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In the class, my professor said the following

$$\int_{-\infty}^{\infty} e^{-j(\omega-\omega_0)t} dt=\frac{1}{-j(\omega-\omega_0)}e^{-j(\omega-\omega_0)t}\bigg |_{-\infty}^{\infty}=0,$$ by Euler's formula when $\omega \neq \omega_0$.

I am a bit confused about this! How does the Euler's formula come in when dealing with $\infty$.

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    $\begingroup$ It's not a precise statement, it's describing one of the properties of the Dirac delta. $\endgroup$ May 10 at 2:56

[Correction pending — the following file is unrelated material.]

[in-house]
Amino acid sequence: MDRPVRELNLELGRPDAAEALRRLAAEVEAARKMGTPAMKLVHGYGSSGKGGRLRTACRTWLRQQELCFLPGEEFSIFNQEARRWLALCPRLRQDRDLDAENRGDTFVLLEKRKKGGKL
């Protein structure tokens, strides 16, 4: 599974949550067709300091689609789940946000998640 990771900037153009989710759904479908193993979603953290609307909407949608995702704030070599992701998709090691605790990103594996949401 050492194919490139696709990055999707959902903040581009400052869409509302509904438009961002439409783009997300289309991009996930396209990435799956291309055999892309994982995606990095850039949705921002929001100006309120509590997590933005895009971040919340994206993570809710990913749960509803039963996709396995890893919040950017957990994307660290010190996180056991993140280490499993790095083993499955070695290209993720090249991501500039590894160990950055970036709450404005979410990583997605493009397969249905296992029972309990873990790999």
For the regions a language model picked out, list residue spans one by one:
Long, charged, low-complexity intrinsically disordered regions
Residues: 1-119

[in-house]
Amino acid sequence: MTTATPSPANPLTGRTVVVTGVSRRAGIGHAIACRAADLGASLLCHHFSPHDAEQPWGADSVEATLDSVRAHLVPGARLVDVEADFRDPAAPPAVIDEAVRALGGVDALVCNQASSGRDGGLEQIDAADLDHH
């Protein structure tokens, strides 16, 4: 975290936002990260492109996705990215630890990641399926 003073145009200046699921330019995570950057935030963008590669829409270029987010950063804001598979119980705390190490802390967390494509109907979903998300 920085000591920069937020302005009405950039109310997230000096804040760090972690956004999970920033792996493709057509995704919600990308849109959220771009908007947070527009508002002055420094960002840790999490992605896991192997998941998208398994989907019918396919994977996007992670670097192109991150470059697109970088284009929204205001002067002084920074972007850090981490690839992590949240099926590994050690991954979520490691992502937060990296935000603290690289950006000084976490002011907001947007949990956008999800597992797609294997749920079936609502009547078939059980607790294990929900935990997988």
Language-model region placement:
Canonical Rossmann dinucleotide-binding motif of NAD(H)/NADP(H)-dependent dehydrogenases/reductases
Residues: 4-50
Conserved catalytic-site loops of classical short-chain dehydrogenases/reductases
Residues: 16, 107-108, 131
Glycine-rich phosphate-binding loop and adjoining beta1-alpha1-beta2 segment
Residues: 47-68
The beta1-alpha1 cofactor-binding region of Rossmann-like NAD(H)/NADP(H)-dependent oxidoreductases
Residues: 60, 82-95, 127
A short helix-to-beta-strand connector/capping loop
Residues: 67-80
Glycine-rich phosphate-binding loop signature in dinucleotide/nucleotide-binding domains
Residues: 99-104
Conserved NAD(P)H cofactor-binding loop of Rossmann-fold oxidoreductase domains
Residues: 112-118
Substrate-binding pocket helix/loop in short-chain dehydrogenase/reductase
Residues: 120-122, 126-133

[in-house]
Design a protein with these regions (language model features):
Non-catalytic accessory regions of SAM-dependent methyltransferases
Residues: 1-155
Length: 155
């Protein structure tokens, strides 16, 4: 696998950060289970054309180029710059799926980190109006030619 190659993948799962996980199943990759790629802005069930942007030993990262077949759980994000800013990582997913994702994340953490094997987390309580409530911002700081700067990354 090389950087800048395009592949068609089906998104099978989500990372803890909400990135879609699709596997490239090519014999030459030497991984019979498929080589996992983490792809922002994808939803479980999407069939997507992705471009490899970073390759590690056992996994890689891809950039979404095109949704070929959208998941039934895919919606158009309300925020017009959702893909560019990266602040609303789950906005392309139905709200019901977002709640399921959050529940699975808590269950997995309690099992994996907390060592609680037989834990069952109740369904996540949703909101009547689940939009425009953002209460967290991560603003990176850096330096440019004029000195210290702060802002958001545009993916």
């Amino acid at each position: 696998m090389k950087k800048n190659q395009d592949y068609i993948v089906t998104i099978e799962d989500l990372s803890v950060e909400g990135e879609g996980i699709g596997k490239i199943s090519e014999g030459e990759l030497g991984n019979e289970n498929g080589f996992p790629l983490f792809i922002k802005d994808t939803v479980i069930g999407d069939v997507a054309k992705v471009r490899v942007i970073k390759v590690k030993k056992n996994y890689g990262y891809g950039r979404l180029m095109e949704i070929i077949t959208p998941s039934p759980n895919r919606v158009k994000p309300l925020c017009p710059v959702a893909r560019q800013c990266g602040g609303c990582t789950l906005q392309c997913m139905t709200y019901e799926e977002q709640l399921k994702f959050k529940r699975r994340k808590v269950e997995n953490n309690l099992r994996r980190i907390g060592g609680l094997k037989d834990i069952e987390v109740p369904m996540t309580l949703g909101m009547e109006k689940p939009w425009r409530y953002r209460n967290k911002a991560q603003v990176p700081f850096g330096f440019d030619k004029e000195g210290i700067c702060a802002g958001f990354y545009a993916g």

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Intuitively, by taking the inverse FT of a dirac delta (times $2\pi$) in the frequency domain we obtain $$\frac{1}{2\pi}\int_{\mathbb{R}} 2\pi\delta(\omega-\omega_0)e^{i\omega t}d\omega=\frac{e^{i\omega_0t}}{2\pi}\cdot 2\pi=e^{i\omega_0 t}$$ So we know that the FT $$\int_{\mathbb{R}}e^{-i(\omega-\omega_0)t}dt=2\pi\delta(\omega-\omega_0)$$ This works because we introduced the Dirac delta (which is not a function). The function $e^{-i(\omega-\omega_0)t}$ is not integrable in the usual sense.

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